Possible complications of peritoneal dialysis
Peritonitis, a serious abdominal infection, is the most common problem associated with peritoneal dialysis. This infection can occur if the opening where the catheter enters your body becomes infected, or if contamination occurs during the connection or disconnection of the catheter from the bags. Peritonitis treatment requires antibiotic prescribed by your nephrologist.
To prevent peritonitis, it is crucial to strictly follow the procedures and learn to recognize the early signs of peritonitis, such as fever, unusual color or cloudiness of the drained peritoneal dialysis fluid, and redness or pain around the catheter. If you notice any of these signs, notify your doctor or nurse right away so that they can quickly treat the peritonitis to avoid further complications.

Diet for peritoneal dialysis
A peritoneal dialysis diet is slightly different from an in-center hemodialysis diet.
(1) You will still need to limit salt and liquids, but you may be able to consume more of each compared to the in-center hemodialysis diet.
(2) You must consume more protein.
(3) You may have different restrictions on potassium. You may even need to consume high-potassium foods.
(4) You may need to reduce the number of calories you consume because there are calories in the dialysis fluid that may cause weight gain.
(5) Your doctor and a dietitian who specializes in helping people with kidney failure will be able to assist you in planning your meals. 

Advantages and disadvantages of different type of peritoneal dialysis
Each type of peritoneal dialysis has advantages and disadvantages.
+ You can do it alone.
+ You can perform the required number of exchanges each day at times you choose.
+ You can do it in many locations.
+ You don’t need a machine.
+ You won’t experience the ups and downs that many patients on hemodialysis feel.
+ You don’t need to travel to a dialysis center three times a week.
– It may disrupt your daily schedule.
– It is a continuous treatment, and all exchanges must be performed seven days a week.
+ You can do it at night, mainly while you sleep.
+ You are free from performing exchanges during the day.
– You need a machine.
– Your movement at night is limited by your connection to the cycler.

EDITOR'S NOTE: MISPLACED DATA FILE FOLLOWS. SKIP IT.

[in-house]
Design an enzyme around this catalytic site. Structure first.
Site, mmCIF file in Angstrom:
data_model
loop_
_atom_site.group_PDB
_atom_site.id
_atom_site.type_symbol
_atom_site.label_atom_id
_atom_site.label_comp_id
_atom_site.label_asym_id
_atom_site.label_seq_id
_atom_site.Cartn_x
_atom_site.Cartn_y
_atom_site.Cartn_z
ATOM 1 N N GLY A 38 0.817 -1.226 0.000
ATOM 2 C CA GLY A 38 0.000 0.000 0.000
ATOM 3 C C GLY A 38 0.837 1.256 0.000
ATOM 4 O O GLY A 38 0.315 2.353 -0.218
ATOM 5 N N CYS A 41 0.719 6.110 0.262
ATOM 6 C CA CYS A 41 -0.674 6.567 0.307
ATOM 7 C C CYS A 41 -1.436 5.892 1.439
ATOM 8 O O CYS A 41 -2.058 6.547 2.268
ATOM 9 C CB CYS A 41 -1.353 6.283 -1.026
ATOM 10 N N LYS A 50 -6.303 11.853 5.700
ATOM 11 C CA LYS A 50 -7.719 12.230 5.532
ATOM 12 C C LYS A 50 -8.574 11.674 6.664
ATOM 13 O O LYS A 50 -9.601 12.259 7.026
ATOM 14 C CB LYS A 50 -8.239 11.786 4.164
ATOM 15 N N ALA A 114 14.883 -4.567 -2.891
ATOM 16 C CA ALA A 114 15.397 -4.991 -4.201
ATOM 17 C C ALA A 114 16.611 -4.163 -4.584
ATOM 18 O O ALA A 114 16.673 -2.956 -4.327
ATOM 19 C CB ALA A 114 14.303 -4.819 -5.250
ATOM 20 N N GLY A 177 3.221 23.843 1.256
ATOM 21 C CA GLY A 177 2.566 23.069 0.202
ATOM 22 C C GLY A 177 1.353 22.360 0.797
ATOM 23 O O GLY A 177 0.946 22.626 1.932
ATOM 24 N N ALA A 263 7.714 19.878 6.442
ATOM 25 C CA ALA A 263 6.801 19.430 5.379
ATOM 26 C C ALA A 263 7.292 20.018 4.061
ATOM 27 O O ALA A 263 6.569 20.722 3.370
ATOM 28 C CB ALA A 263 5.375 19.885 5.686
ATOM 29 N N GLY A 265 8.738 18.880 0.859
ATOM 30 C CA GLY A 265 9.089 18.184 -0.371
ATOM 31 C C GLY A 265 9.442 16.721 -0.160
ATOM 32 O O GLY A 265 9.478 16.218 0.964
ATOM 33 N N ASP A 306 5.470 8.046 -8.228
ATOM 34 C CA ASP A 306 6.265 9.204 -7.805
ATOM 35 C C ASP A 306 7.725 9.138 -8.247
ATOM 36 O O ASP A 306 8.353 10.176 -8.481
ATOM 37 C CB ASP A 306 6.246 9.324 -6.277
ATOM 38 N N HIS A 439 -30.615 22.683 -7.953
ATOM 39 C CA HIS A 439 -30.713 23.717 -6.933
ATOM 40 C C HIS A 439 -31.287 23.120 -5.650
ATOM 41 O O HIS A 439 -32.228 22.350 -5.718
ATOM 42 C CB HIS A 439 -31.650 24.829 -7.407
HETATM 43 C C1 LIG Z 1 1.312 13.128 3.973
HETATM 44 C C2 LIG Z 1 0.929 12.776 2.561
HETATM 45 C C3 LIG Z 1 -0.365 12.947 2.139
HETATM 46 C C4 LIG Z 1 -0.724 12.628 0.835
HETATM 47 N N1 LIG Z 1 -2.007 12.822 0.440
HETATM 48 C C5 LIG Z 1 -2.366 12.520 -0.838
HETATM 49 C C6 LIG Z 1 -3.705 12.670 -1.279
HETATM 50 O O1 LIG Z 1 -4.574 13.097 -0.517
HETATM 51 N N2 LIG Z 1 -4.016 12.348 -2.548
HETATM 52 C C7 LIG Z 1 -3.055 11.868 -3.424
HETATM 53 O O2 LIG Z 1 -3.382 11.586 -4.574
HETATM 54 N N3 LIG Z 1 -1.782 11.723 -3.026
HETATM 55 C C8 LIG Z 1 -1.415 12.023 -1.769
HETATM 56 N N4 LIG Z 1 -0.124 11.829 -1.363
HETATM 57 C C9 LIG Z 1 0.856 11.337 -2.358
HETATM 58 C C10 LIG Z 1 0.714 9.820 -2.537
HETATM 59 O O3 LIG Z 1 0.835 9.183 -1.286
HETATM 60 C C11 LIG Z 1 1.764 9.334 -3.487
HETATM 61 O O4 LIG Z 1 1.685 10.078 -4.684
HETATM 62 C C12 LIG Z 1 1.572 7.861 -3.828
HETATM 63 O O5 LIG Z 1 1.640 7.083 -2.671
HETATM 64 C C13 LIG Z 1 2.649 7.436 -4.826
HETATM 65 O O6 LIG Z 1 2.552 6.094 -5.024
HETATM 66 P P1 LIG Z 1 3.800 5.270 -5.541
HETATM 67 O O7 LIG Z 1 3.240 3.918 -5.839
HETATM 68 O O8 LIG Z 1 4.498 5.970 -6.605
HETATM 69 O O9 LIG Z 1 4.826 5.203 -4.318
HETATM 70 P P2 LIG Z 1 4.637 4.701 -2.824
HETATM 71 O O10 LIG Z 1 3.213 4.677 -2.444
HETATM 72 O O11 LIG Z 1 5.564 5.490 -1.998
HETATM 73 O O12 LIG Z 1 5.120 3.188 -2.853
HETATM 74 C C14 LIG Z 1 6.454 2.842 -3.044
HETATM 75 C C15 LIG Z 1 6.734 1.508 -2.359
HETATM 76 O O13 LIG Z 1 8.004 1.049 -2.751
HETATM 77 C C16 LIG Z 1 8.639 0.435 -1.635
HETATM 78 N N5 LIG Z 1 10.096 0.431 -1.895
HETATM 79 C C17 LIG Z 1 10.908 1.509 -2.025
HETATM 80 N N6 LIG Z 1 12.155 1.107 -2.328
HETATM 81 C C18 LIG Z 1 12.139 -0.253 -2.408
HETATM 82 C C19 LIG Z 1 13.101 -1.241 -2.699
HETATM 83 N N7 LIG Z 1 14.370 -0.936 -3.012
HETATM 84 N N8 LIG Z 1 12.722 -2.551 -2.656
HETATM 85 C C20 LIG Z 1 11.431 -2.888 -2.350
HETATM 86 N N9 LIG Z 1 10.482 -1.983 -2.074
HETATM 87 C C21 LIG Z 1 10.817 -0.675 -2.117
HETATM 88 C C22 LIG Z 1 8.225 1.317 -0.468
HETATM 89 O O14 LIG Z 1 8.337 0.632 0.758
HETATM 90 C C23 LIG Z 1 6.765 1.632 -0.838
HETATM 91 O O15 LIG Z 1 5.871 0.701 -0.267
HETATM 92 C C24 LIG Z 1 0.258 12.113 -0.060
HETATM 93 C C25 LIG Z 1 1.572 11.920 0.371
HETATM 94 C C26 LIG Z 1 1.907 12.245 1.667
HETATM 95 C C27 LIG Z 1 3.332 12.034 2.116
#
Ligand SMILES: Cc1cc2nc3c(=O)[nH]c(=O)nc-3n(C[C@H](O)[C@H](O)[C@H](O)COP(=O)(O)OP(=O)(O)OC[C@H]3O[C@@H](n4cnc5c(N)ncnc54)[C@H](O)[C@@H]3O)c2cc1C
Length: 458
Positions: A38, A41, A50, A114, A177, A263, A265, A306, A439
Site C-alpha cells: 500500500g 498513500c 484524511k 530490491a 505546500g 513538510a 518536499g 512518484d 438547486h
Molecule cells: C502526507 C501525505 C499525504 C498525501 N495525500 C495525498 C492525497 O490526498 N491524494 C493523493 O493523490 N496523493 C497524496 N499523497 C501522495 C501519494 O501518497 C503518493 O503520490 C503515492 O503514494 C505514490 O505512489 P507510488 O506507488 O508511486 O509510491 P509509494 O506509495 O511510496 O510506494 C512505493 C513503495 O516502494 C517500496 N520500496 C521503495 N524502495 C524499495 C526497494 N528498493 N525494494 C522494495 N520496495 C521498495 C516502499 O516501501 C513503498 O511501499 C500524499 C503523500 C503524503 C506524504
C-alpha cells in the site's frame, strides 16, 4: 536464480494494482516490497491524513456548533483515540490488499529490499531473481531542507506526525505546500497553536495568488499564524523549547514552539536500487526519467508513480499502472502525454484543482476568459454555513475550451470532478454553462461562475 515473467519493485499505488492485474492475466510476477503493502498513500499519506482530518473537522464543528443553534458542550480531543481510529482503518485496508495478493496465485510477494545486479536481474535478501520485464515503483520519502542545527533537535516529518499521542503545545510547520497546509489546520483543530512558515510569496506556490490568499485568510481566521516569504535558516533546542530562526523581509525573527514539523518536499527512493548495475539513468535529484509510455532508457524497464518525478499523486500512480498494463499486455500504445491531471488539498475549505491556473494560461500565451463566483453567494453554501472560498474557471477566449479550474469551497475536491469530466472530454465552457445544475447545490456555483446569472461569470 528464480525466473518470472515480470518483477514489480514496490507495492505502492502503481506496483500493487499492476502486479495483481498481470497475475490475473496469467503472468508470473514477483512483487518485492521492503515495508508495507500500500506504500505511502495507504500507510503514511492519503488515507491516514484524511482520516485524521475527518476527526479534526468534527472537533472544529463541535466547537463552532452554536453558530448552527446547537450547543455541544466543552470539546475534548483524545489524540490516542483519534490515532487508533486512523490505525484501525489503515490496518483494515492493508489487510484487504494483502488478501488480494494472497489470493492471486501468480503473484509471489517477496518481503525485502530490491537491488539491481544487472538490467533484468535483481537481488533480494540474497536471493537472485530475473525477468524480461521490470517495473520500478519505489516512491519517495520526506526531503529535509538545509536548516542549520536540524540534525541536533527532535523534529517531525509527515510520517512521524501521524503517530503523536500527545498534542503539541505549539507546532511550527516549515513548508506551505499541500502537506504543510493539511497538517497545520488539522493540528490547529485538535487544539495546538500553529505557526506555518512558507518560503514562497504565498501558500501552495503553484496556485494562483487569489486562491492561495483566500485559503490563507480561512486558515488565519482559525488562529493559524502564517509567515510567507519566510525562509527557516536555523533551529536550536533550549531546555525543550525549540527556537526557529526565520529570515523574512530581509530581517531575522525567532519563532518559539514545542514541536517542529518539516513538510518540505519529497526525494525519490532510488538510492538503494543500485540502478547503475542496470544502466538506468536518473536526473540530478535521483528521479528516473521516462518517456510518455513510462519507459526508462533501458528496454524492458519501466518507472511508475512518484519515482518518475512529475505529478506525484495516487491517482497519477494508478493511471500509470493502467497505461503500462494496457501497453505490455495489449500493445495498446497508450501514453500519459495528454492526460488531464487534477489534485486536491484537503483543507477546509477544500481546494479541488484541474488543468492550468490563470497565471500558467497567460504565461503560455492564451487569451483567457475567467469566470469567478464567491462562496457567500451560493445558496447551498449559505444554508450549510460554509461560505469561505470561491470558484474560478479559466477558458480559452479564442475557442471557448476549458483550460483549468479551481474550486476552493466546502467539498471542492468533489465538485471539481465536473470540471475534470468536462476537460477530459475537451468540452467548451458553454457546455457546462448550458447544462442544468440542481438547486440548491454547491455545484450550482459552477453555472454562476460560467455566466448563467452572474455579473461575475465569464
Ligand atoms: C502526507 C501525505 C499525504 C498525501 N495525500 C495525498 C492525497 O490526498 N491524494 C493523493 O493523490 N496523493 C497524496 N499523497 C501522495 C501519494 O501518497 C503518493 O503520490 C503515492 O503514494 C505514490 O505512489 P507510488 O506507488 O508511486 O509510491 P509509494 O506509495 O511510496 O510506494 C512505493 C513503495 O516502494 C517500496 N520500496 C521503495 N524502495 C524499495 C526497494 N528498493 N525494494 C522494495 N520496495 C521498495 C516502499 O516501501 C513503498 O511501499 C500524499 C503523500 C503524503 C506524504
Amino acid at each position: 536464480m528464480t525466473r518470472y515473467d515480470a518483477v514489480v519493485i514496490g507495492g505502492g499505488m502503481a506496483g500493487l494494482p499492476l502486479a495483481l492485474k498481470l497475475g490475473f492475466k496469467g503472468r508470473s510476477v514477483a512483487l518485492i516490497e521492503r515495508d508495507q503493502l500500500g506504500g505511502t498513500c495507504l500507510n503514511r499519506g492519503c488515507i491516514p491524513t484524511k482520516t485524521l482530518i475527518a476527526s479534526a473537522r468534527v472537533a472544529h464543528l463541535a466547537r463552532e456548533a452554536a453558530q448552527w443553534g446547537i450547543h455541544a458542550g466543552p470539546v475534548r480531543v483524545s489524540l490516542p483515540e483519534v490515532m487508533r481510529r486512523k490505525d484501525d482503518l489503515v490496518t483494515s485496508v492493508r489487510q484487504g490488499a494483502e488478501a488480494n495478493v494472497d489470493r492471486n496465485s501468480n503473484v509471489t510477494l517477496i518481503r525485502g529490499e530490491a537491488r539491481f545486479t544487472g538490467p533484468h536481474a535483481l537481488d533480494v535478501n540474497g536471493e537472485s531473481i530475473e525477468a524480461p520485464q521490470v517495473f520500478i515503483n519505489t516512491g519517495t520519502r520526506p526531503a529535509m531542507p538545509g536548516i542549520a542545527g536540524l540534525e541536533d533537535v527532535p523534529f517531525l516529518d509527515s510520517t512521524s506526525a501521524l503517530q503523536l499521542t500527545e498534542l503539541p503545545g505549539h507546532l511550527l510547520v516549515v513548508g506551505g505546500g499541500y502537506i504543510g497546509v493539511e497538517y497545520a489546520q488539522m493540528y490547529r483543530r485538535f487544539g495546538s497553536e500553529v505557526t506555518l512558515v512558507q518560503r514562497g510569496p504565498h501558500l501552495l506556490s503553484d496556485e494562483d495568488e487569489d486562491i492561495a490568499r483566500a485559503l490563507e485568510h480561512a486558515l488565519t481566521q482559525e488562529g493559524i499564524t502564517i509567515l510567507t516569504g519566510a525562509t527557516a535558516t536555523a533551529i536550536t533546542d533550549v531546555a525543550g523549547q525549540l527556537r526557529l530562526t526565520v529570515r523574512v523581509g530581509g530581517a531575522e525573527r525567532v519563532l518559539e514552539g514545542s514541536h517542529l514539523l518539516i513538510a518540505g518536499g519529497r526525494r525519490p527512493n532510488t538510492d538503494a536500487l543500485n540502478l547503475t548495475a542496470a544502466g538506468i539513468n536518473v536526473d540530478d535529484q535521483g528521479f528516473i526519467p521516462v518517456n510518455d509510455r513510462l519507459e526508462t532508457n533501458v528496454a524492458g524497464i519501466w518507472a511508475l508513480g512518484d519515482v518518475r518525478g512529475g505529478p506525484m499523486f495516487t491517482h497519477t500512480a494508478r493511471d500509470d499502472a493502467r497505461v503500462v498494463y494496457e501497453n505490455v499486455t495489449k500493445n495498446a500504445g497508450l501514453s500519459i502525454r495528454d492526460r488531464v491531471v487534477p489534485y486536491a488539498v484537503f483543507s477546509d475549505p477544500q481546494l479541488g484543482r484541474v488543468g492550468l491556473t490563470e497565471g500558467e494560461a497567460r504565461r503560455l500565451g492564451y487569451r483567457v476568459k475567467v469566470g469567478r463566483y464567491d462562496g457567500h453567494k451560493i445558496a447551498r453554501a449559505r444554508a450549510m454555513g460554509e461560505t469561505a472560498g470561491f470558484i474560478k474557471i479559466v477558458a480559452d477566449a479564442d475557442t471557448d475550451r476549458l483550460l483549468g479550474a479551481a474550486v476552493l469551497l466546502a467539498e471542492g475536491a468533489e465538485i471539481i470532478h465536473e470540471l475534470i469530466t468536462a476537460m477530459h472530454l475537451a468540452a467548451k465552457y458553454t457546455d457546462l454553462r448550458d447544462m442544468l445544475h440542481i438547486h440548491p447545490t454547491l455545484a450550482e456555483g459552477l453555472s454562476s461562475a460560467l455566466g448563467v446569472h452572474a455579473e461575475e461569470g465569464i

Working with Your Health Care Team
Questions you may want to ask:
  • Is peritoneal dialysis the best treatment choice for me? If yes, which type is best and why?
  • How long will it take me to learn how to perform peritoneal dialysis?
  • What does peritoneal dialysis feel like?
  • How will peritoneal dialysis affect my blood pressure?
  • How will I know if I have peritonitis, and how is it treated?
  • As a peritoneal dialysis patient, will I be able to continue working?
  • How much exercise should I engage in?
  • Where do I store my supplies?
  • How often will I see my doctor?
  • Who will be on my health care team, and how can they help me?
  • Whom should I contact with problems?
  • Who can I talk about finances, sexuality, or family concerns?
  • How and where can I communicate with other people who have faced this decision?

Peritoneal Dialysis is Not a Cure
Peritoneal dialysis is a treatments that help replace the functions of your kidneys. These treatments help you feel better and live longer, but they do not cure kidney failure. Although patients with kidney failure are living longer than ever before, kidney disease can cause problems such as heart disease, bone disease, arthritis, nerve damage, infertility, and malnutrition over time. These problems will not go away with dialysis, but doctors now have new and improved ways to prevent or treat them. You should discuss these complications and their treatments with your doctor.